Do you regularly free write? Do you wish you did? Several times a month, we’ll post a writing prompt. Open a notebook or a blank page and keep your hand moving for 10 minutes. Don’t worry about grammar or punctuation – just write.
Then, share a link to your free write in the comments section below. We’d love to see what you did with this week’s prompt!
Working on a Master’s in Creative Writing isn’t the easiest thing to do. And in some ways, it’s made a bit harder by the fact that I am doing it in the Low-Residency format. True, I have the freedom to bend the work to my family’s schedule, I don’t have time consuming classes to sit through, and I have flexibility in how fast or slow I get my work done. But there are drawbacks.
After a year of the program, I have only made a small number of close writing relationships at my university. Because I’m not going to classes, and sitting in dining halls, and running into people in the writing department offices, there has been little opportunity to find my tribe. And it’s my belief that a writing life without writing buddies is no writing life at all.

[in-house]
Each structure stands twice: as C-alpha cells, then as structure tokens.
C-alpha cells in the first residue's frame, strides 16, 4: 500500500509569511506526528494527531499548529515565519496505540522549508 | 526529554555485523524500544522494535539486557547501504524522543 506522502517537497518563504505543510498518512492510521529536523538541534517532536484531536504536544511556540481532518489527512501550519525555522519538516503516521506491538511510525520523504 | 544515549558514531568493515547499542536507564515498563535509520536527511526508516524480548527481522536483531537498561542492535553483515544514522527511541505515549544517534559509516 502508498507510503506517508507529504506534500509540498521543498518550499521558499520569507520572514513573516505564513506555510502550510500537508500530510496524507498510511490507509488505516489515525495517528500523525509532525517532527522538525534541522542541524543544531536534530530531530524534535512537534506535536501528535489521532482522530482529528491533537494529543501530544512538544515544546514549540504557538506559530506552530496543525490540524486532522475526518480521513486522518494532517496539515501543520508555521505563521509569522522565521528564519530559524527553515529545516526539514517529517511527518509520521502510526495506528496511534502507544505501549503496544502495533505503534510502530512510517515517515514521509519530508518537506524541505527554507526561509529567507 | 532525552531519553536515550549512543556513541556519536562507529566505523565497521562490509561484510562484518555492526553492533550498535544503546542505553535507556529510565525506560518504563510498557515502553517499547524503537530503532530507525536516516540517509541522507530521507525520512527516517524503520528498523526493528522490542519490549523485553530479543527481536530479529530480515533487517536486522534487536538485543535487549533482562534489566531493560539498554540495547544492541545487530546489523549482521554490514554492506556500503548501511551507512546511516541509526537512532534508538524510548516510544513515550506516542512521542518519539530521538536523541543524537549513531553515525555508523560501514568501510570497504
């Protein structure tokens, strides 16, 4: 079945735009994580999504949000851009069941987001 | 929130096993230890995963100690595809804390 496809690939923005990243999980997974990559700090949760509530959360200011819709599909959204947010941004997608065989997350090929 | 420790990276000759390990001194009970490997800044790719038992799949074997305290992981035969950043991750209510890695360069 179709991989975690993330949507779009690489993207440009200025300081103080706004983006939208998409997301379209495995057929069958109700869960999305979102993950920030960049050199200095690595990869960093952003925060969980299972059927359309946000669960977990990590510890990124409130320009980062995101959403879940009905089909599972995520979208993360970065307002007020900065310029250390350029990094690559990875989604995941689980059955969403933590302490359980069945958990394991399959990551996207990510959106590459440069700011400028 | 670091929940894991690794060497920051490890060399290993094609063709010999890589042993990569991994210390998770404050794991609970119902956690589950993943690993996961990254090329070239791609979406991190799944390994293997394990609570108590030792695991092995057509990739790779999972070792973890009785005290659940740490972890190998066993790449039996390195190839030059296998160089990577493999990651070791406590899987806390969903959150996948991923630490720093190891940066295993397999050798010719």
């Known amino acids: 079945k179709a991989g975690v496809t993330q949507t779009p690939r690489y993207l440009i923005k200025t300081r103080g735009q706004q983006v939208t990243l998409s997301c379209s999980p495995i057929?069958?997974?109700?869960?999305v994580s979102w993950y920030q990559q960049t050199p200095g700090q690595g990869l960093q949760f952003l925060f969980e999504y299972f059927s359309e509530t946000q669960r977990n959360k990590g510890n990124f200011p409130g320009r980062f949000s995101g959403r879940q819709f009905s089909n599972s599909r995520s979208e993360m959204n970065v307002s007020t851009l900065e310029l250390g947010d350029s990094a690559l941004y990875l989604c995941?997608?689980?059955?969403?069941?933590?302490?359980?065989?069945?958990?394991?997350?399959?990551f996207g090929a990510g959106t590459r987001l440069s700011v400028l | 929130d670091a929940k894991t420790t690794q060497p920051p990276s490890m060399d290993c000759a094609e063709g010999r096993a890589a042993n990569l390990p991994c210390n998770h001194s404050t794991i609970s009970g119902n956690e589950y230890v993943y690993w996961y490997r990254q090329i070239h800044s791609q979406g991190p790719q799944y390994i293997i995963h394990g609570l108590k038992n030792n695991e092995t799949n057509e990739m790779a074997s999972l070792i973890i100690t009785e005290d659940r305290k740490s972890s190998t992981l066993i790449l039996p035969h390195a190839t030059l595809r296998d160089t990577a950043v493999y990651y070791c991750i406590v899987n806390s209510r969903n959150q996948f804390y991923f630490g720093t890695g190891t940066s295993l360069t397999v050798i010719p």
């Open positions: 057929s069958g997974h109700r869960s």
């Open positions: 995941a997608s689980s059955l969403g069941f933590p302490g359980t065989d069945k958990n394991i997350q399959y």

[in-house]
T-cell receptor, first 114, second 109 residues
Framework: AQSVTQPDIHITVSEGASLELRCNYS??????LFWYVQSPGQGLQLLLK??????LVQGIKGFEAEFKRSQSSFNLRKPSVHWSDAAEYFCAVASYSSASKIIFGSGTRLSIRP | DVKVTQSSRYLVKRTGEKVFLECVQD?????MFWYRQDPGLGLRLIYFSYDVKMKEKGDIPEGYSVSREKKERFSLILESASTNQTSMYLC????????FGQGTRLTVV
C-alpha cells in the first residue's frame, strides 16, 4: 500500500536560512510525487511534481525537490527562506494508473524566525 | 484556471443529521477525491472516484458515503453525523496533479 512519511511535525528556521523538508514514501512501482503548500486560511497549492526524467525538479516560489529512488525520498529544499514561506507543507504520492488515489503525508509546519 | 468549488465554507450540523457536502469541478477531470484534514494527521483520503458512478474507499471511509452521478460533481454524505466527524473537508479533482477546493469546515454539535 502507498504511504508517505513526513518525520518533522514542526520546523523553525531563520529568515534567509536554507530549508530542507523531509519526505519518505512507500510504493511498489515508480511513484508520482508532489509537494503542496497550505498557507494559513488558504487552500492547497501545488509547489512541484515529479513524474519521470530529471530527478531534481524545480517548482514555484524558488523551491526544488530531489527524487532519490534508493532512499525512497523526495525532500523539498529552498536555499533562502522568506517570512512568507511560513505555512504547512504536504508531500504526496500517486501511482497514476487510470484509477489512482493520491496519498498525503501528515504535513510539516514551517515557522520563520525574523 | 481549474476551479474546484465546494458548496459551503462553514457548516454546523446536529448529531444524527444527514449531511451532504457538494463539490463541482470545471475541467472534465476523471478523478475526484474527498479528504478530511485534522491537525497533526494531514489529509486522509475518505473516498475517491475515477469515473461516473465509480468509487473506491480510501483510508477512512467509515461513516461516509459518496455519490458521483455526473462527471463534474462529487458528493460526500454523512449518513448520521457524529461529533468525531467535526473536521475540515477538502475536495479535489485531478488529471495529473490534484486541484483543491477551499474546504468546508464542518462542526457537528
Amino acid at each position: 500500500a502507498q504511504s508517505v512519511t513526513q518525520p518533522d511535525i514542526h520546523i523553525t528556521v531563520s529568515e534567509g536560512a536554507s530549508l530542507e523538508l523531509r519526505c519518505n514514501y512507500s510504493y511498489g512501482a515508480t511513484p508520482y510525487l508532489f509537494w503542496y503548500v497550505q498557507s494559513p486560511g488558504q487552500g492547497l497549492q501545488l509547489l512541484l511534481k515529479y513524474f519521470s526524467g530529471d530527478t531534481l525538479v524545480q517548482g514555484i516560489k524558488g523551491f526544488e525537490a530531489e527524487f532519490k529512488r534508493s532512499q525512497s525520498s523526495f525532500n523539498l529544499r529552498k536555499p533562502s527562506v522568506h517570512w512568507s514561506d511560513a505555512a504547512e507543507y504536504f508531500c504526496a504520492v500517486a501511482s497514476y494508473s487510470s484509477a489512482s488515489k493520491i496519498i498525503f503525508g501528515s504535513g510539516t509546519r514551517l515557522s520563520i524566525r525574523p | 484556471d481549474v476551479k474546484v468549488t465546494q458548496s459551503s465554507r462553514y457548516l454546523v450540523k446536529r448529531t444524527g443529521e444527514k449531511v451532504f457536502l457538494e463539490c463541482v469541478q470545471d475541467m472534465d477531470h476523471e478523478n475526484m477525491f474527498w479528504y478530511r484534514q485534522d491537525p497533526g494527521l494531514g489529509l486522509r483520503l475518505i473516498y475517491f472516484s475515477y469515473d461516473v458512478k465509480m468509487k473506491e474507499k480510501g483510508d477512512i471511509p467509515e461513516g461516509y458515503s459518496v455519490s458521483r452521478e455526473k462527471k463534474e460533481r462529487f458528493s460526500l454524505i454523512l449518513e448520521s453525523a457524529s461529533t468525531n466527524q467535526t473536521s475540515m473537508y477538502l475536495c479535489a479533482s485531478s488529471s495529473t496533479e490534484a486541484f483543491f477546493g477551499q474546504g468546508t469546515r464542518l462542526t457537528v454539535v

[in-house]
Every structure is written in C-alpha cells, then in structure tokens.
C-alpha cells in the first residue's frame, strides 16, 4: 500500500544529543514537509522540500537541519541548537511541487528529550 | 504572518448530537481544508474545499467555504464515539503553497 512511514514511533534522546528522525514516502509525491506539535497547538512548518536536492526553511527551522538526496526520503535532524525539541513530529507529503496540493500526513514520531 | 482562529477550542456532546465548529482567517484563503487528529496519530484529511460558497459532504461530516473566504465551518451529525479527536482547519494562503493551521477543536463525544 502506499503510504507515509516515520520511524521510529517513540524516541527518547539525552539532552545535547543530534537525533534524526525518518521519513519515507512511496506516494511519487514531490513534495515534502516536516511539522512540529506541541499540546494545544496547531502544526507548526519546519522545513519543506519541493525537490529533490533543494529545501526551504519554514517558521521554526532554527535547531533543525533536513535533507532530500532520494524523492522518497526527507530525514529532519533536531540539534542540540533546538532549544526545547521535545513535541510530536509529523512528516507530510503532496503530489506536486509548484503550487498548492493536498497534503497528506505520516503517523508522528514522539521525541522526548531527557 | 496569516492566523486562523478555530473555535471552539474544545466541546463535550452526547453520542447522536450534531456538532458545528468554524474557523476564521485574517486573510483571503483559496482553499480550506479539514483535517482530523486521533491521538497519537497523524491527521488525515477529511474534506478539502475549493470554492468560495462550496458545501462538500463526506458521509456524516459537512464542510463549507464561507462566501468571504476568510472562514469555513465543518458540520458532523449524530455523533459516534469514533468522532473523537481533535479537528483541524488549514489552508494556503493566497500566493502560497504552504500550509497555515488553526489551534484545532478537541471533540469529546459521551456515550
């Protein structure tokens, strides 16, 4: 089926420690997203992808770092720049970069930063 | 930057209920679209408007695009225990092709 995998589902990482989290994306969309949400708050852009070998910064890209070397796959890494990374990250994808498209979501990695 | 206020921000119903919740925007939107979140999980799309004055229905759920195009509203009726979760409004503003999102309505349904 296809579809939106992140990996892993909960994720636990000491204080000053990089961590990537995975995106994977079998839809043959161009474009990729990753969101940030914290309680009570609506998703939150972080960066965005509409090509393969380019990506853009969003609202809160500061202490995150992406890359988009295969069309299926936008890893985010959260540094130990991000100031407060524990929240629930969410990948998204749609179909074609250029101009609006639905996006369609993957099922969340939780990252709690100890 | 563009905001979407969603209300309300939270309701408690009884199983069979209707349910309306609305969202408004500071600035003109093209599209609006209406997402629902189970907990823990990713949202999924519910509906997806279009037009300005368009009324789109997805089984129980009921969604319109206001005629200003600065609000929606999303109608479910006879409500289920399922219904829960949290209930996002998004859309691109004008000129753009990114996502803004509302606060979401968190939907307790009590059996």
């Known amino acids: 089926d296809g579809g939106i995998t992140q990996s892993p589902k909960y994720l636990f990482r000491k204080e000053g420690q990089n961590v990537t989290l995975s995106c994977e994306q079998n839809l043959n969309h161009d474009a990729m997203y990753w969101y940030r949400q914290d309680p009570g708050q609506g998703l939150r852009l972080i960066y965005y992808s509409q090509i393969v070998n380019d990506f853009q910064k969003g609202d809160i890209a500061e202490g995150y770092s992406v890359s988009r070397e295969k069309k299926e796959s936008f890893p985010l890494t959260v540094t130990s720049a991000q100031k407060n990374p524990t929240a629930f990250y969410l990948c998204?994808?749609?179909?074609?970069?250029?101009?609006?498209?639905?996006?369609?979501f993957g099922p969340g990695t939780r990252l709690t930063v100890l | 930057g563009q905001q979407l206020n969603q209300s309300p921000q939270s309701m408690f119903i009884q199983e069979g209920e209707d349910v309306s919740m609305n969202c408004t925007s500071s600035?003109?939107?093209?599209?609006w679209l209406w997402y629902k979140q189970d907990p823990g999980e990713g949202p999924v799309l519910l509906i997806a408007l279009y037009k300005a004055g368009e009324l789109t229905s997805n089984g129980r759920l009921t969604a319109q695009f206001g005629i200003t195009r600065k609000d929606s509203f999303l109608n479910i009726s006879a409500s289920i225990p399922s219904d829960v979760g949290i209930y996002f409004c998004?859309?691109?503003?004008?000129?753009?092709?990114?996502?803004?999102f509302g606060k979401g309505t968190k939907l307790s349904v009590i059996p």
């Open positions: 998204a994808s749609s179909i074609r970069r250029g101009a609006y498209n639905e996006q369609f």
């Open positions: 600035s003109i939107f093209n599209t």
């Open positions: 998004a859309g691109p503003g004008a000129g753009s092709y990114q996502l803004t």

So I’ve taken matters into my own hands. Ithaca, NY, where I live, is a very writer-friendly, and writer-full town. There are two universities with excellent writing programs and I’ve attended events at both. I’ve started a Facebok group for Upstate New York women writers, which has become an active place to catch up with folks. I attend the local SCBWI meetings where I can share and laugh and learn about being a writer. I commiserate over coffee with local writing friends. I have developed a stellar online critique group. And whenever anyone introduces me to someone who remotely resembles a writer, I jump on her, pestering her with questions about her genre and work and try to discern whether this unsuspecting soul would be a good writing buddy.
I’m slowly creating relationships through my low-residency program, and I suspect after the next on-campus residency I may have a few more friends. But as I wade through my life as a writer, I realize that one of the most valuable assets one can have is her tribe.
Today, free write about your tribe. Who are they? How did you find them? What makes them special? How can you expand your circle to include more writers? Where can you seek out new tribe members?
Do YOU have a writing prompt to share with Literary Mama readers? Send your 150- to 300-word narrative and associated writing prompt to lmblogcontact (at) literarymama (dot) com. We’d like to hear your ideas!